Resign before participating in politics – Public, civil servants advised

The Public Services Commission has advised public and civil servants desiring to partake actively in political activities to resign before taking steps to realise their ambition.

A letter signed in Accra on August 8 this year by Janet Ampadu Fofie, Chairman of the Commission and copied governing Boards and Councils of public agencies and organisations asked the Boards and Councils to take all the necessary steps to ensure adherence and compliance with the directive as election 2020 approaches.

The directive, it said, was in accordance with Article 284 of the Constitution, which provides that “a public officer shall not put himself/herself in a position where his personal interest conflicts or is likely to conflict with the performance of the functions of his office.”

In furtherance of that, the letter added that, no public officer could function as an agent for or work in the interest of a political part or openly support a political party or candidate in need of action. 

The statement explained that, the exercise of their constitutional rights to join a political party or associate with any group of their choice was likely to conflict with the performance of functions as a public officer.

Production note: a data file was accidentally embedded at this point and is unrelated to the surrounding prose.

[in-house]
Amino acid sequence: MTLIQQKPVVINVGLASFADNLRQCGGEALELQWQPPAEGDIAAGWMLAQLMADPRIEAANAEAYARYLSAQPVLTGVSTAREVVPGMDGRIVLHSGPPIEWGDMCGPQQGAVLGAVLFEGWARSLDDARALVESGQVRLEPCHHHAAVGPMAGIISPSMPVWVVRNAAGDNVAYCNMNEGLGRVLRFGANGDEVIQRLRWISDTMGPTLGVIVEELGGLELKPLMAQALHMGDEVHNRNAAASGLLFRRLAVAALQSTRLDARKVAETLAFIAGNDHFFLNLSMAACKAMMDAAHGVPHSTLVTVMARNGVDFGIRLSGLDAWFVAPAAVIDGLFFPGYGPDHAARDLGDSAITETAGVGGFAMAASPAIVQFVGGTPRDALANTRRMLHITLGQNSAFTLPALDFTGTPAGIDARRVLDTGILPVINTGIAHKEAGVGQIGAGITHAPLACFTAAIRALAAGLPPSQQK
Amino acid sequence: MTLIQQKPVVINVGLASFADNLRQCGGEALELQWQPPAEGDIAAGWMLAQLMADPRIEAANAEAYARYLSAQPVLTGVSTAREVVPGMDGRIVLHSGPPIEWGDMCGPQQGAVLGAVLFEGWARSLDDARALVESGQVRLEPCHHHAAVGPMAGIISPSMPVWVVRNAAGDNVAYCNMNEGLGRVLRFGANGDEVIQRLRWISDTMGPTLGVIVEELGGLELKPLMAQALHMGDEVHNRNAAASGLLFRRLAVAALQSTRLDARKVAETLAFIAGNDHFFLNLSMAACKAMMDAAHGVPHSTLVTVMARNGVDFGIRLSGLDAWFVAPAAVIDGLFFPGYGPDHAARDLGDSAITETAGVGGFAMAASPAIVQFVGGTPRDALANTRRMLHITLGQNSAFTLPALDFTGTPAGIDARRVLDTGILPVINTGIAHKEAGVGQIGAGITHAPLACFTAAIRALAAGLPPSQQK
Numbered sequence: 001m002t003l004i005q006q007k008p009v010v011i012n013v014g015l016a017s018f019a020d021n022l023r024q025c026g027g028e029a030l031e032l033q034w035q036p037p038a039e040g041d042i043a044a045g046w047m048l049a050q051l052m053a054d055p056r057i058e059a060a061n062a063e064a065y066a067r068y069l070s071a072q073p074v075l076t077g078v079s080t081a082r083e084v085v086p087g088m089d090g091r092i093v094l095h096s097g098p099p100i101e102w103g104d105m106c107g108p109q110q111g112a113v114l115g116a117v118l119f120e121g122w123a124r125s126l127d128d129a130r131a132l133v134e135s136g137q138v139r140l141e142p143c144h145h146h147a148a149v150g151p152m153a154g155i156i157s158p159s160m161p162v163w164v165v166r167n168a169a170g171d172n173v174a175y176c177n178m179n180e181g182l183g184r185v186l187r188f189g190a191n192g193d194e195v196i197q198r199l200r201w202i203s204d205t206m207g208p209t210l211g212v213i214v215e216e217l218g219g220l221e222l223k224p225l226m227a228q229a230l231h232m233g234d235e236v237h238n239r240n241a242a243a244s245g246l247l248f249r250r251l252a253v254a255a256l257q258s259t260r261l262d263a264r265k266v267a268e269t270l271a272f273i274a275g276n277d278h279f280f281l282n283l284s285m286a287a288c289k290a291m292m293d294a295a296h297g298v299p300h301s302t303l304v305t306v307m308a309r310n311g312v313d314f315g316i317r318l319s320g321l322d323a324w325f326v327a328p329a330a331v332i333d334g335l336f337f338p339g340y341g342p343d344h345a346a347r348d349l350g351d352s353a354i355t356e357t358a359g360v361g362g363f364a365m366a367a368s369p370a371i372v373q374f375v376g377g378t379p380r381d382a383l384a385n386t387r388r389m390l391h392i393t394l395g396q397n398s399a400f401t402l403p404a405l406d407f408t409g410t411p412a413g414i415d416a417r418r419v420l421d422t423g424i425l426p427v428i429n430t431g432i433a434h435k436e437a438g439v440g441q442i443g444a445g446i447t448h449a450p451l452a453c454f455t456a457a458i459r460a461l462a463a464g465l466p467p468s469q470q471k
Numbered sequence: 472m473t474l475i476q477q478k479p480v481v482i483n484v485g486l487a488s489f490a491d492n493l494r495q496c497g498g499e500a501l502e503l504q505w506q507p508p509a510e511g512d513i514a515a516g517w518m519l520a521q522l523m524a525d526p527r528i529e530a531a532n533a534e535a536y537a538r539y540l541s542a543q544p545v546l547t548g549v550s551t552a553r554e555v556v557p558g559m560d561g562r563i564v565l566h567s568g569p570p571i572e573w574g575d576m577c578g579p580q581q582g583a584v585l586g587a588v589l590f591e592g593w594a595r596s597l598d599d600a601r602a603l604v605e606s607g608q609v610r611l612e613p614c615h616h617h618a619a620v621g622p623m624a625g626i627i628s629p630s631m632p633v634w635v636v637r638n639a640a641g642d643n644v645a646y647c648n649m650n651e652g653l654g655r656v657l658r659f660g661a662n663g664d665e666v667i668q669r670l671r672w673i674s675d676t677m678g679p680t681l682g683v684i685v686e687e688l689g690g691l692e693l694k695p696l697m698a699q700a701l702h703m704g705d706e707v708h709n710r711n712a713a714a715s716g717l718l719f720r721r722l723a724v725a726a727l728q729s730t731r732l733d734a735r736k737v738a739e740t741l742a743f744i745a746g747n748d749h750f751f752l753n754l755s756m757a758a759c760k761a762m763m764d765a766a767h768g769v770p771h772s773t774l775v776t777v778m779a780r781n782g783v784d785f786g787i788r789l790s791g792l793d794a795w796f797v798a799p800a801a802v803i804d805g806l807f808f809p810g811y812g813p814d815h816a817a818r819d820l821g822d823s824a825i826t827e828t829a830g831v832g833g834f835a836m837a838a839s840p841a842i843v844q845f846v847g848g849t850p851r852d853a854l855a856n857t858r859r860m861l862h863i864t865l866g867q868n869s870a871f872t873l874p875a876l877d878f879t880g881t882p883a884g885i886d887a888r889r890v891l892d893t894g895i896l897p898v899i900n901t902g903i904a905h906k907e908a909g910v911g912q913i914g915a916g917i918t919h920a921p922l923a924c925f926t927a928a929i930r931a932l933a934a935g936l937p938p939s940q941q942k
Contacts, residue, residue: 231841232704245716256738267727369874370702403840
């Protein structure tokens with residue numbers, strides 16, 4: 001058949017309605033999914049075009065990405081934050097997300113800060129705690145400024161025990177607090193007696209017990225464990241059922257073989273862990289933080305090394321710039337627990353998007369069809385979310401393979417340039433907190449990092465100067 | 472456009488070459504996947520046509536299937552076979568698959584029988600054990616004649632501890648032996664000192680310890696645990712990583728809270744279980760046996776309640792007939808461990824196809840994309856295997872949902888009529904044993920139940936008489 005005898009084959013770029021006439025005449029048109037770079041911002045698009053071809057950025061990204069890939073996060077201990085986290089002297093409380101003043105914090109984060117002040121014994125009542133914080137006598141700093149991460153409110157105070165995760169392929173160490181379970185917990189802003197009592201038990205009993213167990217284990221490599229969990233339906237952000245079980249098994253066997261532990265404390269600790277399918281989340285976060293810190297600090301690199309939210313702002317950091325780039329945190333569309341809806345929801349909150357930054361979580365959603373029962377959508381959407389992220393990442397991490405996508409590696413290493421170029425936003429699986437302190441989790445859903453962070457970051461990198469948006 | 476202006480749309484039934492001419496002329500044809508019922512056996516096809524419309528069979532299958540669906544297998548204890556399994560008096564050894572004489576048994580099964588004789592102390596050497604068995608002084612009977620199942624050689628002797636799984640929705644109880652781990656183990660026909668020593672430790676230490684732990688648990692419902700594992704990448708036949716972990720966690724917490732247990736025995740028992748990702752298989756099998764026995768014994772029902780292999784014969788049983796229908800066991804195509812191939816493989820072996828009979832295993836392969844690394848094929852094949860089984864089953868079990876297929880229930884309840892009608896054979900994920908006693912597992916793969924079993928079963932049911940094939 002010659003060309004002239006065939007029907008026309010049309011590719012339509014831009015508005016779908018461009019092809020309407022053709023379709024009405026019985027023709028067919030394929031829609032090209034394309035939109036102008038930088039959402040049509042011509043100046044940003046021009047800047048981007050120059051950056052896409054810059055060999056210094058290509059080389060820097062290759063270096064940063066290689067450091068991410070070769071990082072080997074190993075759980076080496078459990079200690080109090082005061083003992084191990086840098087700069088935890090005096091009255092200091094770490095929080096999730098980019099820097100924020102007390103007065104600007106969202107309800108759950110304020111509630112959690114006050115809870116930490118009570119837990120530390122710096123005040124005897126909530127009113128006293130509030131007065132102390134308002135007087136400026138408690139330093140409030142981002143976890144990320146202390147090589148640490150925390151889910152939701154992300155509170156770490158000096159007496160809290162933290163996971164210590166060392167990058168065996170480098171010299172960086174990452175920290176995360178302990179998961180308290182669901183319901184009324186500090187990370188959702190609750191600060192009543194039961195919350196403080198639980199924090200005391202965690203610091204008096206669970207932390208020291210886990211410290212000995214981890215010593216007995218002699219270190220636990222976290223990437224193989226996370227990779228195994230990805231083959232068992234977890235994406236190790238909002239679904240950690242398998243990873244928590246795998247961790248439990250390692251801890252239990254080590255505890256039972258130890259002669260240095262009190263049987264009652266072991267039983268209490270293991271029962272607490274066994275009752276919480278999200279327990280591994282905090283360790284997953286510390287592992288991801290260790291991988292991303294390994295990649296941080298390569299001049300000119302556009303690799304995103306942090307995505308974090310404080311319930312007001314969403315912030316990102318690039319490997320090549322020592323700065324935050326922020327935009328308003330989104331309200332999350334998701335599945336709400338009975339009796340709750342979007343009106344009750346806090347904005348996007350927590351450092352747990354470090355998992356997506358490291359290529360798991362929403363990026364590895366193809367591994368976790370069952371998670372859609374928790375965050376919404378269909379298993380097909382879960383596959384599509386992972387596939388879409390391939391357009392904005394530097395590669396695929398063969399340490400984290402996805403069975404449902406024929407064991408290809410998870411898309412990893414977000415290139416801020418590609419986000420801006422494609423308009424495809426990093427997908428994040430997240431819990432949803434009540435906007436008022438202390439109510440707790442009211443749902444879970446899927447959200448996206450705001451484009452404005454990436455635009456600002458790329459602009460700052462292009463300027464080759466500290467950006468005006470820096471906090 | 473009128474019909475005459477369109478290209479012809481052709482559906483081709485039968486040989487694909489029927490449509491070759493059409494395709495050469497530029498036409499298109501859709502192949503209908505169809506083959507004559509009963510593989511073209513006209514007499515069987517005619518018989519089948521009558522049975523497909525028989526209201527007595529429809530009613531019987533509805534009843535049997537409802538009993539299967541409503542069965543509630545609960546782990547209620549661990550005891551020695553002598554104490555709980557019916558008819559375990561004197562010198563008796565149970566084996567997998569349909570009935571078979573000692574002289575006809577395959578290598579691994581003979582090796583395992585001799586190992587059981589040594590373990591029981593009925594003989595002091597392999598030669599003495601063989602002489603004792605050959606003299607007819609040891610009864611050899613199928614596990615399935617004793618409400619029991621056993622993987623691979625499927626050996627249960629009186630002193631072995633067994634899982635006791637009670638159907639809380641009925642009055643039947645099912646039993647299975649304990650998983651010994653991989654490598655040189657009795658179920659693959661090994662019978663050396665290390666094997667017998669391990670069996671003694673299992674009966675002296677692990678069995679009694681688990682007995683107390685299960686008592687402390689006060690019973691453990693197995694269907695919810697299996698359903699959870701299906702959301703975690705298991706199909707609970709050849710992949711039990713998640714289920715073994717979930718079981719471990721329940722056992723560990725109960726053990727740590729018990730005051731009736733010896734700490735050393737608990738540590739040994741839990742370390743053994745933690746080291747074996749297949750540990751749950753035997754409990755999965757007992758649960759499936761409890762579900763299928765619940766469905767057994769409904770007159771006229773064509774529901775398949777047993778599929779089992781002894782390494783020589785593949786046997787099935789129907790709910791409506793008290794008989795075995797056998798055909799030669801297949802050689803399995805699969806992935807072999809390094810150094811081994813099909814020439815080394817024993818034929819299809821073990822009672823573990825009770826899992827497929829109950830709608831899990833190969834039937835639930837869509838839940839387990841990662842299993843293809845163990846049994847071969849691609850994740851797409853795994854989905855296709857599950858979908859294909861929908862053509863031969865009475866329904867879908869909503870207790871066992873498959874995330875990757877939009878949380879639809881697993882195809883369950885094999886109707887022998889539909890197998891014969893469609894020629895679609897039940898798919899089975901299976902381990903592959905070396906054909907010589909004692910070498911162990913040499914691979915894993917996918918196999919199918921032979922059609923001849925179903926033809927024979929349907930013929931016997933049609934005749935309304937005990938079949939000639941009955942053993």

It will be recalled that the Supreme Court in July 2015, ruled that public servants could contest for any political office.

The seven-member panel, however, said that civil servants cannot hold political positions as stipulated in the Civil Service Act.

The two main defendants, Chairman of the National Democratic Congress (NDC) Efutu Constituency in the Central Region, Lawrence Lamptey and Chief Technical Officer at the Ghana Highways Authority, Ernestina Yawson were dragged to court in a writ filed by a citizen, Kwadjoga Adra.

The plaintiff, backed by his lawyer, Alexander Afenyo-Markin, Member of Parliament (MP) of Effutu, filed the motion at the Supreme Court to stop the two staff from holding positions in the National Democratic Congress in the Effutu Constituency, whiles serving in their respective public offices.

The plaintiff argued that this constituted a violation of the Civil Service Act, which forbids civil servants from holding political office.

The Supreme Court ruled against it saying the two defendants were not civil servants and could go ahead to contest for any position in any political party in the country. 


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